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Asteroid Collision Aftermath
Asteroid Collision Aftermath (click to enlarge)
 
 

Asteroid Collision Aftermath
Date: 29 Jan 2010

These four Hubble Space Telescope images, taken over a five-month period, show the odd-shaped debris that likely came from a collision between two asteroids.


The Hubble images, taken from January to May 2010 with Wide Field Camera 3, reveal a point-like object about 400 feet (120 m) wide, with a long, flowing dust tail behind a never-before-seen X pattern, which remained intact. Particle sizes in the tail are estimated to vary from about 1/25th of an inch (a millimeter) to an inch (2.5 cm) in diameter. The tail contains enough dust to make a ball 65 feet (20 m) wide, most of which was blown out of the bigger body by the impact-caused explosion.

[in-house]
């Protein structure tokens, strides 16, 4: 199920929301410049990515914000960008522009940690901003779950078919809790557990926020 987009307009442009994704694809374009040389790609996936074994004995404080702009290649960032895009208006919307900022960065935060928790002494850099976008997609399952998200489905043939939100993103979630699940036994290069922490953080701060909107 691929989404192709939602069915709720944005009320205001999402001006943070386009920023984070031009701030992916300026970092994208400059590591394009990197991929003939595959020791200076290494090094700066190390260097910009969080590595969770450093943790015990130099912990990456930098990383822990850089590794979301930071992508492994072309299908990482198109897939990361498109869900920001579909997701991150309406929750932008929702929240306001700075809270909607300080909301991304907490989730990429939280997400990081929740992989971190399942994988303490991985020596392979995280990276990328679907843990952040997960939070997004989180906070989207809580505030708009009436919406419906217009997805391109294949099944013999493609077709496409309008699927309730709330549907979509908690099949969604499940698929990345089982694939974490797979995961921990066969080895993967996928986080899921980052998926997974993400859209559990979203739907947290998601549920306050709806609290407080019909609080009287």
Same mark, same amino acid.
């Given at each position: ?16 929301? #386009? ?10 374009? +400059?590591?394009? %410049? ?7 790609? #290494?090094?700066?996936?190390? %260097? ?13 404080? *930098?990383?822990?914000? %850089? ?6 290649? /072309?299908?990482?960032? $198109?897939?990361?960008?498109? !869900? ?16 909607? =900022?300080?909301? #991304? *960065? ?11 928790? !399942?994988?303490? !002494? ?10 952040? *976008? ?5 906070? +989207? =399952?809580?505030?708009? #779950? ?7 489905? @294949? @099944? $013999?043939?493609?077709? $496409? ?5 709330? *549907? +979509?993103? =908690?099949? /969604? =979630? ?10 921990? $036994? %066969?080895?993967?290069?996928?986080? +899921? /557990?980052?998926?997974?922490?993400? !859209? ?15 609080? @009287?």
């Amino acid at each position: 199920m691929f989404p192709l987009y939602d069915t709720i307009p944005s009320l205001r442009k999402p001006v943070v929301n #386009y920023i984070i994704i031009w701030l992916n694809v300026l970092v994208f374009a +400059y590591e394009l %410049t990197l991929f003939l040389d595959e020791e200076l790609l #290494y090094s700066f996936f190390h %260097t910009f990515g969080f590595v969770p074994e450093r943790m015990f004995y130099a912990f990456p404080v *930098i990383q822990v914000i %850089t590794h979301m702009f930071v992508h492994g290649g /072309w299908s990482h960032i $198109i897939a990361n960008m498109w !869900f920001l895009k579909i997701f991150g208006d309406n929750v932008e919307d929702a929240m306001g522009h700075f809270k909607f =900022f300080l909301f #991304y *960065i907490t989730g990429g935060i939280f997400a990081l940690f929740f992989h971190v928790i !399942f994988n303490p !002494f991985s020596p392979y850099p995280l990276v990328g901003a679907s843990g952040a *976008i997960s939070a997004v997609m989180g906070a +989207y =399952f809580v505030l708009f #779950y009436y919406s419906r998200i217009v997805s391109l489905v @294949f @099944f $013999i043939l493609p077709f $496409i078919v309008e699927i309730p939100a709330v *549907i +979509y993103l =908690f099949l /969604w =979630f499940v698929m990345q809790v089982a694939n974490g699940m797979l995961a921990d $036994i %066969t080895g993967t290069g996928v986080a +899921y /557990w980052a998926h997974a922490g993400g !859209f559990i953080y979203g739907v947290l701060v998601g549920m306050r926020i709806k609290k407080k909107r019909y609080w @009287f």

The asteroid debris, dubbed P/2010 A2, appears to be shrinking in each successive image because Earth's faster orbit is carrying the planet away from the object. Between January and May, Earth rotated more than 100 million miles away from the debris field. The object was 102 million miles from Earth when Hubble first observed it in January 2010.


The images were taken in visible light and artificially colored blue.


Last Update: 28 Mar 2011 (AMB)

Credit: NASA



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Last Updated: 28 Mar 2011